Split is Croatia’s second biggest city and one of the oldest. Founded as a Greek colony in the 4th Century BC and later fortified by the Roman Emperor Diocletian in 293 – 305AD, Split has been under the control of many empires until, with the rest of Croatia it seceded from Yugoslavia in 1991. The old part of the city exists within the walls of Diocletian’s Palace and has been included in the UNESCO list of World Heritage Sites. This feature, together with a busy harbour providing ferries to nearby islands, makes tourism a major source of the city’s income.
Our cruise ship, Celebrity Silhouette, was required to moor around the point of the Split peninsula because there were already two other cruise ships in port, so we caught the tender in to the city. The view along the seaside promenade was most attractive with palm trees and restaurants nested in among gaps in the ancient city walls. There we took an escorted tour of Split courtesy of one of the ship’s shore excursions, and then were bussed off to see the coastal area, including the town of Trogir, before returning to Split to have time to wander and find some free wifi.
Diocletian’s Palace is not only a place of historical interest but it also contains Split’s most interesting shops, bars, restaurants and cafes. Through a gateway between shops is where you enter through the city walls into the Podrum or basement halls where there are market stalls set up selling local souvenirs, jewellery and crafts. Then mount the steps to the Vestibul (now missing its domed roof) where a-capella groups perform due to the great acoustics, and which served as the grand entrance to the Emperor’s apartments along the seafront. You emerge in the heart of the Palace – the colonnaded court or Peristil – which served as an ancient meeting or entertainment space, and does now still.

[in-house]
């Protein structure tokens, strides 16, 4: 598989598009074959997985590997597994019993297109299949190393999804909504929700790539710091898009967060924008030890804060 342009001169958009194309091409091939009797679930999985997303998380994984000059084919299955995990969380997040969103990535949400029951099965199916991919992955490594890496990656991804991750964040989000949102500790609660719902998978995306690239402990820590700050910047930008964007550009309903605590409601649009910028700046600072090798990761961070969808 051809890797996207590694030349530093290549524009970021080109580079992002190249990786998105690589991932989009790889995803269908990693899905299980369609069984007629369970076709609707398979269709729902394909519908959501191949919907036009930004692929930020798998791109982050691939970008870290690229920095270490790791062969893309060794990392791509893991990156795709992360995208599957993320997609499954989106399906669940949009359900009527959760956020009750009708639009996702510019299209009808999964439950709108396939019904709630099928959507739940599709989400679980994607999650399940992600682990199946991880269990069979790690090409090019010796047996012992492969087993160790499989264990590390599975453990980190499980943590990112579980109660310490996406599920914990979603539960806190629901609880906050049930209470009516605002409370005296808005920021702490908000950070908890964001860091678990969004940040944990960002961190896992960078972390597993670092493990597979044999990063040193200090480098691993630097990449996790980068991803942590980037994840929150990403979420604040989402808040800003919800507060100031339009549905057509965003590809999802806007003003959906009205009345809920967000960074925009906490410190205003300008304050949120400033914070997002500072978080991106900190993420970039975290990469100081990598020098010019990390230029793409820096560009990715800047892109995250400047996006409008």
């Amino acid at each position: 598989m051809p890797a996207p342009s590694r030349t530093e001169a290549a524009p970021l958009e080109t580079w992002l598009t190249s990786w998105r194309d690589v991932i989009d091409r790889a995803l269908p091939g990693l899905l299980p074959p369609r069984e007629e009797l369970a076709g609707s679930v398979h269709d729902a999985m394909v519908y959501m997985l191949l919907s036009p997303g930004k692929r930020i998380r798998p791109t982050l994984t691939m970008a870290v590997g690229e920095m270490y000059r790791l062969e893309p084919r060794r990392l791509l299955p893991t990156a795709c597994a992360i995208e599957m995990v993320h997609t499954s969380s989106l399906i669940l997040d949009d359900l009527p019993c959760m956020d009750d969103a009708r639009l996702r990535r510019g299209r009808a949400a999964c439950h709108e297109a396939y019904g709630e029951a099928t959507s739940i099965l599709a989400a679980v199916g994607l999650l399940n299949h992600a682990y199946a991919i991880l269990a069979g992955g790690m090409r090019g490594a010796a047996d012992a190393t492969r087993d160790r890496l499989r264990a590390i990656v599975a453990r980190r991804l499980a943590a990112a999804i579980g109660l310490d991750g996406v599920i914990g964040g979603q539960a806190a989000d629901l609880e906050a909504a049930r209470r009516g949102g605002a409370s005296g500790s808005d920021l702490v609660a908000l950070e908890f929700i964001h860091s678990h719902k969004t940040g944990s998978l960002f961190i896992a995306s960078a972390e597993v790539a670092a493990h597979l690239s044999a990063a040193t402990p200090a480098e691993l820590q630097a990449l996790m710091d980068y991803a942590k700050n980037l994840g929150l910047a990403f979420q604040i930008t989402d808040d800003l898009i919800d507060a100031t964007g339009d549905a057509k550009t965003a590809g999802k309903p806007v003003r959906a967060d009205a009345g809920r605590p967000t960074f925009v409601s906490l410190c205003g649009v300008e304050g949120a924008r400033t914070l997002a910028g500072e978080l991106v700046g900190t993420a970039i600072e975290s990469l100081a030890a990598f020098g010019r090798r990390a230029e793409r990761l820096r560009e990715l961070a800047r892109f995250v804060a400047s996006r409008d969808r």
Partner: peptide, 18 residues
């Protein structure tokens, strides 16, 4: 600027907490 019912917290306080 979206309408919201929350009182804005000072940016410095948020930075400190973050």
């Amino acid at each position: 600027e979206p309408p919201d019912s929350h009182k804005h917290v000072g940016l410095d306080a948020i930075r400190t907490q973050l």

Nearby stands a magnificent 13th Century Romanesque bell tower and an octagonal building which served as Diocletian’s mausoleum after his death. Ironically, for a man who persecuted the early Christians, his final resting place became a Christian church, now the Cathedral of Sv. Duje (St Domnius), one of his victims.
Trogir was named a UNESCO World Heritage Site in 1997. It features narrow, cobblestone passageways winding between Medieval buildings and Renaissance-era palaces, along with spectacular stone houses, churches, monasteries, towers and city walls.
Back in Split we found free wifi in Cafe Luxor, right on the peristyle steps. Rumour has it that it’s the oldest cafe in Split, but if not, it certainly has the oldest architectural features – the medieval loggia, the marble circle on the floor ( which is the base of the Temple of Venus), the exposed walls, and ceiling murals make this a cafe with a difference. Good coffee and cake too!
|Split Shore Excursion: Diocletian Palace and Trogir Tour – $69.47When your cruise ship docks at Split Port, head out to discover two of Croatia’s finest UNESCO World Heritage sites on a half-day shore excursion! Visit Diocletian Palace on a morning walking tour, and explore its underground cellars, Peristyle Square and the Cathedral of St Duje. Hear of the flamboyant Roman Emperor Diocletian who commissioned the grand palace as his home, and then visit the historical coastal town of Trogir.|
|Viator Exclusive: ‘Game of Thrones’ Tour in Split – $81.36Get a behind-the-scenes look at the hit HBO series ‘Game of Thrones’ on this 3.5-hour tour of the show’s filming locations in Split — it’s a Viator Exclusive that you won’t find anywhere else. With a local guide at your side, discover the fictional city of Meereen while exploring the mountainside fortress of Klis and the UNESCO-listed Diocletian’s Palace. Hear insider gossip about the series, see where Daenerys Targaryen plotted her return to power, and creep around the cellars where the slaves conspired with the Unsullied Army to overthrow the masters.|
- The Dalmatian Coast: Split, Hvar and Other Islands (theepochtimes.com)
- back to the past (towelspacked.wordpress.com)